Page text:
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Thus frantic and fearless, at midnight she goes

O'er the grass-covered graves of the dead; And under the green willow vented her woes, Where the tomb of poor Allen before her arose,

With wild blooming tansy o'erspread.'

Religiously, thrice had she bended her knee,

And moistened the mould with her tears; Then raising her eyes to the stars, loudly she Proclaimed, “. If the souls of true lovers ye be,

My Allen's the brightest appears.

“ Ye spirits convened on the wings of the wind,

In night's mirkest mantle array'd,
Has the ghost of my Allen your company join'd,
Or is he in Death's narrow cavern confined?

Poor Fanny's forgot, I'm afraid.

“ Yes, yes, he is with you; I hear from on high

The sound of his sorrow for me ; There, there flies the bright killing glance of his eye, I feel his cold tears as they fall from the sky;

O Allen ! I will follow thee.”

As morning approaches, with prospect serene,

Of flowers that grow on his grave, Entwining love-garlands, she always is seen; But sadly sequester'd, she scuds o'er the green,

When loud is the blast on the wave.

If any one meet her, a moment she'll stay

To tell the sad cause of her pain ;
Before the rude blast then, she hurries away,
Crying out, as she grasps at the moon's feeble

ray, “ Heaven's rampart I'll scale to my swain!" .

This is the poor mortal, with countenance pale,

Who o'er the wild common doth flee; Whose sighs are augmenting the murmuring gale, As she tells the traveller a heart-rending tale,

Of the tomb by the green willow tree.






The red sun was set, and the evening gun

Had smoked o'er the camp-coyered green ;
The night-roll was answer'd, the tattoo was done,

In slumber the soldiers were seen;
Unbraced was the guard-drum, and laid on the ground,

The bugle was hung in the bell; Nor word of command was there heard, nor a sound,

Till round the lines echo'd, “ All's Well!"

As died the report of the warders away,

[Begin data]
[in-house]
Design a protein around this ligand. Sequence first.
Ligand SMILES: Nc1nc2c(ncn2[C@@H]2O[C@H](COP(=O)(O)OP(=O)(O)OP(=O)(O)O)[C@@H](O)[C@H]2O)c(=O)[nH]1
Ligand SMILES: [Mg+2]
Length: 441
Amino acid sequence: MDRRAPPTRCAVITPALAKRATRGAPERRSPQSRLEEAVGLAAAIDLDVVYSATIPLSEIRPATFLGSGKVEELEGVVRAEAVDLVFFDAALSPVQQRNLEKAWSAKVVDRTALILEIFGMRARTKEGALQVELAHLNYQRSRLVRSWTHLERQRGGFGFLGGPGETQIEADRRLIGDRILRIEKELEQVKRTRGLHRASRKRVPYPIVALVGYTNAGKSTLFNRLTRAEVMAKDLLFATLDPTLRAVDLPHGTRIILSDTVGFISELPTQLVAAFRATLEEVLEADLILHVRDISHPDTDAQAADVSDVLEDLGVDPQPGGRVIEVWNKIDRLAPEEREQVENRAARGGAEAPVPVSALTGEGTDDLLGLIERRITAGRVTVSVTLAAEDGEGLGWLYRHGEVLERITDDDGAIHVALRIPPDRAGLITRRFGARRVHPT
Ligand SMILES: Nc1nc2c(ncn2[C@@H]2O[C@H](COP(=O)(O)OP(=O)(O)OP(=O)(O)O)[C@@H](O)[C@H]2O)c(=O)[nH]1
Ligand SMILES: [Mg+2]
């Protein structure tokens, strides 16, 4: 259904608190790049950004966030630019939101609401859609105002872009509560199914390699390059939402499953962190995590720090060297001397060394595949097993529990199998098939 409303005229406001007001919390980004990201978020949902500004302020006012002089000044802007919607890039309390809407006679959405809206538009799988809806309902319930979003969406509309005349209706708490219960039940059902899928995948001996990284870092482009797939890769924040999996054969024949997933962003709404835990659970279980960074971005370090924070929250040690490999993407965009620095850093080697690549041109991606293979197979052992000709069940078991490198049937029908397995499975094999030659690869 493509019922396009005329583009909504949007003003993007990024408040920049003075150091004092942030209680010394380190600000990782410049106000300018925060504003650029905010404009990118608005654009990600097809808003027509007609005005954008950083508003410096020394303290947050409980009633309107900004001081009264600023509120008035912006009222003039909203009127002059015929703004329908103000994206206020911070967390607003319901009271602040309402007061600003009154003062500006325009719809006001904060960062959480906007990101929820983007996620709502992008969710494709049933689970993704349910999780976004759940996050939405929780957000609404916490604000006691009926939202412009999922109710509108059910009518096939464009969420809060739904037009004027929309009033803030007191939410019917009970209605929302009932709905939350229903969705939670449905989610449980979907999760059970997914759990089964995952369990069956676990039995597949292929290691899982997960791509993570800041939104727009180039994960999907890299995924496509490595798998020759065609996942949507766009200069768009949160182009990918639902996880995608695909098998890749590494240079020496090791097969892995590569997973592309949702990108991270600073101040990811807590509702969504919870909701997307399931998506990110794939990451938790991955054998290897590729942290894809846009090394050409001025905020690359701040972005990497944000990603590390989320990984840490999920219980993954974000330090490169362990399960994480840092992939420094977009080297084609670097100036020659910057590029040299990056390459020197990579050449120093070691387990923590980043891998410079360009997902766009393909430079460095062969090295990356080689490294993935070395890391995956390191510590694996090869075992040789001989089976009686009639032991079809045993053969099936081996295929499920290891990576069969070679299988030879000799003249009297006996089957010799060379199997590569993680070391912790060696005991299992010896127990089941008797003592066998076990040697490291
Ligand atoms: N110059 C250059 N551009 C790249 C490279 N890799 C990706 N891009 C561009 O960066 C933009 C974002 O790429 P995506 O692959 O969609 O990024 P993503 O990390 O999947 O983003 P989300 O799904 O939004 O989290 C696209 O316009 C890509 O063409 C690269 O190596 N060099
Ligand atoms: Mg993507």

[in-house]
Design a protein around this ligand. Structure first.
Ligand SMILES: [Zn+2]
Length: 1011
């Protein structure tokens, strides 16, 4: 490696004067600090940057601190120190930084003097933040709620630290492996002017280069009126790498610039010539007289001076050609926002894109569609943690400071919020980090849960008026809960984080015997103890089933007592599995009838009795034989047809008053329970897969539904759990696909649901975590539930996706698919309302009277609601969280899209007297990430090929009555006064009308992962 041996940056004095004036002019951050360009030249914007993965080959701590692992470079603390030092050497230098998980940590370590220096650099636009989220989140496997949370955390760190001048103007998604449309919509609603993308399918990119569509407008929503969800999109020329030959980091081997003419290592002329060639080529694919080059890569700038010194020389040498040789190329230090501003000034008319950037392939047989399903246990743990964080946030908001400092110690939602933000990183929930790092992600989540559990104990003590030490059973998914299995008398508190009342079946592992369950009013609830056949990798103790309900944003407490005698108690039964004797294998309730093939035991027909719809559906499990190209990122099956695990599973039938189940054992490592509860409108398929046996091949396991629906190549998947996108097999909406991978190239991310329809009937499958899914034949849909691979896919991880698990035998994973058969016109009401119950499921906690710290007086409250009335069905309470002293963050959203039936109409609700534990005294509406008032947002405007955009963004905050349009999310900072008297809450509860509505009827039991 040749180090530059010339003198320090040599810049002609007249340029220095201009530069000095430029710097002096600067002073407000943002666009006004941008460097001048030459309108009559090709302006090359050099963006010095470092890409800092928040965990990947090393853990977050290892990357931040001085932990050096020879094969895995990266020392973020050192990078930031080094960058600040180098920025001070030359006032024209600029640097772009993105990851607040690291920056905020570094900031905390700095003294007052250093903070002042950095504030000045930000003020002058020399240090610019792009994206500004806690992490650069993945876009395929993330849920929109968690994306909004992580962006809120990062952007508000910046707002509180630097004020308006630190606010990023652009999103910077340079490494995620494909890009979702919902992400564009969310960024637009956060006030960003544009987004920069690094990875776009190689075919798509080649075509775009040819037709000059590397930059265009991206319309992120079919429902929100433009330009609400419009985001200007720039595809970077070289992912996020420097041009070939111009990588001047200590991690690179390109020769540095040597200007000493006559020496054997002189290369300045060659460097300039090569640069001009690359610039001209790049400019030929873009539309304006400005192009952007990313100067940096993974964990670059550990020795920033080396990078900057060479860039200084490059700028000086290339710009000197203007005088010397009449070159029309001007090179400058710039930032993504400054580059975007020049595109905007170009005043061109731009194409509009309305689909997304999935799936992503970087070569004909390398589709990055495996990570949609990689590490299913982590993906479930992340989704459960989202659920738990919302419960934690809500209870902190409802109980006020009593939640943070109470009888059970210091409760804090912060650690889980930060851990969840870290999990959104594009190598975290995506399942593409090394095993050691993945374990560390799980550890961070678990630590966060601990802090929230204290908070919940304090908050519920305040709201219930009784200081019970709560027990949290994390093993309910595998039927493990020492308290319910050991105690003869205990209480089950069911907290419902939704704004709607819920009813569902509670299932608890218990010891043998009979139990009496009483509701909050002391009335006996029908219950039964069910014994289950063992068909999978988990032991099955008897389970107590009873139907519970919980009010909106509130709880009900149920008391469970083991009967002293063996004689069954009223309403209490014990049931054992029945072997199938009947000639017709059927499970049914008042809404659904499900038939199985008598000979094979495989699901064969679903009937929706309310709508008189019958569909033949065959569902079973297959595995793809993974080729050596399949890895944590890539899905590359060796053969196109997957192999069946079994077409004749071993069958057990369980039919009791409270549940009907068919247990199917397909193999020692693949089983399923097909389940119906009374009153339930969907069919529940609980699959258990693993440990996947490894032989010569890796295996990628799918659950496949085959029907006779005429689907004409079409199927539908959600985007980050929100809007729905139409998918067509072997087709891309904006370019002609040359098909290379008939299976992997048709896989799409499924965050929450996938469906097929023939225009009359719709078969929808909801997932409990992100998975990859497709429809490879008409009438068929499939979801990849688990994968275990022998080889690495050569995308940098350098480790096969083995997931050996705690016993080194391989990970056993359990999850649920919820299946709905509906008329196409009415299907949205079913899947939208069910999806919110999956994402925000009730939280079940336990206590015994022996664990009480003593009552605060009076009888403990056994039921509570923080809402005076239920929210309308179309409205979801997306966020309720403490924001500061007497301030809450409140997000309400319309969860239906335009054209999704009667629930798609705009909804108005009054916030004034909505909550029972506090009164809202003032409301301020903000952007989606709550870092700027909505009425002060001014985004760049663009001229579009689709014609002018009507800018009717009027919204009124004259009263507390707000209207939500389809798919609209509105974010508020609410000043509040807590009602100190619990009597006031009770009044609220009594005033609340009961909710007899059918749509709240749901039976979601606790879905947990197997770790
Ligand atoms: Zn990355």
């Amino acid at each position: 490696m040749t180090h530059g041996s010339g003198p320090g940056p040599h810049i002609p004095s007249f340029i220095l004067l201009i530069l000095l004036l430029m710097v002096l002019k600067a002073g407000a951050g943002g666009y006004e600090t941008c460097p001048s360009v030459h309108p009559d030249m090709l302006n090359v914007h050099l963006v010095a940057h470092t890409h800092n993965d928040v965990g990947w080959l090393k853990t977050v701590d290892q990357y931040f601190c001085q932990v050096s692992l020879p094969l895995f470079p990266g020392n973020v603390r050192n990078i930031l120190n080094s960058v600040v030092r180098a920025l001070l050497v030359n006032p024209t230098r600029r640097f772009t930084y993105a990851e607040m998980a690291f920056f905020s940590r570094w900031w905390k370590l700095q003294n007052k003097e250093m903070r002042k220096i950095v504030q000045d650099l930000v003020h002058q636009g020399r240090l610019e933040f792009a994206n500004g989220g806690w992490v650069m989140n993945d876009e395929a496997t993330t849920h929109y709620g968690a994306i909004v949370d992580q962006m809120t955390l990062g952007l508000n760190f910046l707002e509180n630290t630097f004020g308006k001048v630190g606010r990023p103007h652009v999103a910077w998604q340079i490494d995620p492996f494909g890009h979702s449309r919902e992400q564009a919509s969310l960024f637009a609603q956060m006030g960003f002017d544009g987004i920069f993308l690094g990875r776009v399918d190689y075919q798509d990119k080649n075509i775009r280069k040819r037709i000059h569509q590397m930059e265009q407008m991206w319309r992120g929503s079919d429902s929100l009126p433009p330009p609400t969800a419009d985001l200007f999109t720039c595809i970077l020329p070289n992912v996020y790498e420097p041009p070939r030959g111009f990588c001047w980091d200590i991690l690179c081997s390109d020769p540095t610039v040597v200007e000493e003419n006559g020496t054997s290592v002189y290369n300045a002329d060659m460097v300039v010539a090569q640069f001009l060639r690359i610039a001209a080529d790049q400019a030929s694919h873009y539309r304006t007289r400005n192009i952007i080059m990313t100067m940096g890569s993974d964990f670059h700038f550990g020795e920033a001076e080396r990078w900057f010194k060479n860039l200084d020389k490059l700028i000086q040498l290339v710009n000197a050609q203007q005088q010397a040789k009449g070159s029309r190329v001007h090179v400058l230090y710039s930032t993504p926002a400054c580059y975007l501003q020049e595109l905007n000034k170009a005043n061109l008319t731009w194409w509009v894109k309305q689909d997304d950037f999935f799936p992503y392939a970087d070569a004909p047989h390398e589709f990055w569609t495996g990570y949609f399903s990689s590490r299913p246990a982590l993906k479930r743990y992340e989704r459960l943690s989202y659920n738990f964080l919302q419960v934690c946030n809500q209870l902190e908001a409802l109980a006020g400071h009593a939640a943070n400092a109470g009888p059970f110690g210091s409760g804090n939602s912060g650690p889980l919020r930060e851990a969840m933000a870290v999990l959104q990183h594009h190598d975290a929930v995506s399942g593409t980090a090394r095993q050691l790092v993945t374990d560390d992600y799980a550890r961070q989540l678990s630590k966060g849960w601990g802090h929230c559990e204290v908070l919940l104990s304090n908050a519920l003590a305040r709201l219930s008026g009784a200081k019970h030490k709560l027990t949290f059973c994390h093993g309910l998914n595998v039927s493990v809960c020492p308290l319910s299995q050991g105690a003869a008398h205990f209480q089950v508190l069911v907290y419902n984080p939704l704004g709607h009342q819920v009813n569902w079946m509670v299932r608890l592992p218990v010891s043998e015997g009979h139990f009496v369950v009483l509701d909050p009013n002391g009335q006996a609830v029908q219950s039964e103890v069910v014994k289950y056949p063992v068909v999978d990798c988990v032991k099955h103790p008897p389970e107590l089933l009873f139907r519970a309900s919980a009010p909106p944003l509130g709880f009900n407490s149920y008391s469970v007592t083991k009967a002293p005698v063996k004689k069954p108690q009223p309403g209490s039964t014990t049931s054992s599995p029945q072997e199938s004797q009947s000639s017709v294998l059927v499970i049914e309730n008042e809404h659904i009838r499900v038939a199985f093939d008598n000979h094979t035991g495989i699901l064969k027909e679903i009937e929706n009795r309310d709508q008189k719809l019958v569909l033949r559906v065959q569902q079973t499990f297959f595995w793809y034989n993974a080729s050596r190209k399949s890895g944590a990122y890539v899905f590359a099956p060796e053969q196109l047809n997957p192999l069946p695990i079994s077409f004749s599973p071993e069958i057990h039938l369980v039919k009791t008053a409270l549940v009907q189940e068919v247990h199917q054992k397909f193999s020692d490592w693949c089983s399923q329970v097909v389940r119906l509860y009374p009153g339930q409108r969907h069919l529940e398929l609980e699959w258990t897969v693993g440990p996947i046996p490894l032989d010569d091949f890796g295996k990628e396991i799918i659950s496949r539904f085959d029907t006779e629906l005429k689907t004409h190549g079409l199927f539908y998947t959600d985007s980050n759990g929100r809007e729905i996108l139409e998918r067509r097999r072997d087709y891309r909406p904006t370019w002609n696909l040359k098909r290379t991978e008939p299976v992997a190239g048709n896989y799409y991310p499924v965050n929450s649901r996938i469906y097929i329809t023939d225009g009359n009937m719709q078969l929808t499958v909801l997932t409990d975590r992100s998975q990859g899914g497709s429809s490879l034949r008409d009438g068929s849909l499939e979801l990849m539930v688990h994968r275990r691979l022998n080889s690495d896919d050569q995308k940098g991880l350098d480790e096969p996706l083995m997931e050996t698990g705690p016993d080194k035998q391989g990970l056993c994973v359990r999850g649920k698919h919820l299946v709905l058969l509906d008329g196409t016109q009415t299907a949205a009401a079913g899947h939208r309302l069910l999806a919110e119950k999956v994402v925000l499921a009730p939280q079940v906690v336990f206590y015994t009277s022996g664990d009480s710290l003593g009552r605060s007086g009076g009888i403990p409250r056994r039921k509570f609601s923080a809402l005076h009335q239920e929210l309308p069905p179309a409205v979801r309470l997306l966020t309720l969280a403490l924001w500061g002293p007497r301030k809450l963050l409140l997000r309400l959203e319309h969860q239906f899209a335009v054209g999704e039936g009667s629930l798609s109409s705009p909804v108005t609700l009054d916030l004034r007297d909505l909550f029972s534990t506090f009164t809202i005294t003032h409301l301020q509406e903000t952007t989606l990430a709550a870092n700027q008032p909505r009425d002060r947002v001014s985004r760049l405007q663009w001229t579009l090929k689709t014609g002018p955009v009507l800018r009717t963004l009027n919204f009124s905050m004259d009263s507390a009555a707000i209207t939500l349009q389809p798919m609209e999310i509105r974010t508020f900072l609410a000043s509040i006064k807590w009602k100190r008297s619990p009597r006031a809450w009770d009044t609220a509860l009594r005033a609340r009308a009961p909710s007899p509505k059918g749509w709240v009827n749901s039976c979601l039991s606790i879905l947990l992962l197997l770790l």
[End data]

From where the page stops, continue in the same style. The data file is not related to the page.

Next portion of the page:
A spectre that hover'd on high,
Its hands on its breast seem'd in sorrow to lay,

And mournfully made this reply :-
My kinsmen, my subjects, the shade of your King,

Who by a base banditti fell,
And manes of martyrs that round you do wing,

Forbid you repeat, ' All is Well.'

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“ How can ye rejoice in our family's fall,

A thousand years placed on your throne ? And how can ye tamely submit to the call

Of one to you lately unknown? Will Frenchmen, whose forefathers fought for our

crown, The deeds of their fathers repel ? And at this dread hour, when we stalk


and down, Insult us by saying, All's Well ??

“ Will ye for an alien, my countrymen, dare

To take yon green isle of the main ?
Bid farewell to friends, and adieu to the fair,

Ye ne'er will behold them again.

If these islanders take you upon th' dark waves,

They will sink you all in the swell; If you land, they victorious will vaunt o'er your graves,

And your dirges will be, “ All is well.'

“Ah! how can ye pray for success to our God?

Your leader will ne'er be forgiv'n;
His crimes are the register stained with blood

Posted up on the corners of heaven.
And when the fiend's flush'd with his butch’ry abroad,

The day of his birth keep in hell ; His effigy there, with a red iron rod,

They flog, and roar round it, “All's Well.'

“ This foe of mankind, from our sanctified seat,

To earth, O! my countrymen, haste ;
Nor longer support the worst foes of the state,

Your blood and your treasure to waste.
Then call home the far scatter'd sheep to their dam,

And give the right wedder the bell;
Your King and your holy confessors will then

Assist you in saying . All's Well.'

A cock crew, the spirit dispersed in the air,

Fleet flashing from pole unto pole ;

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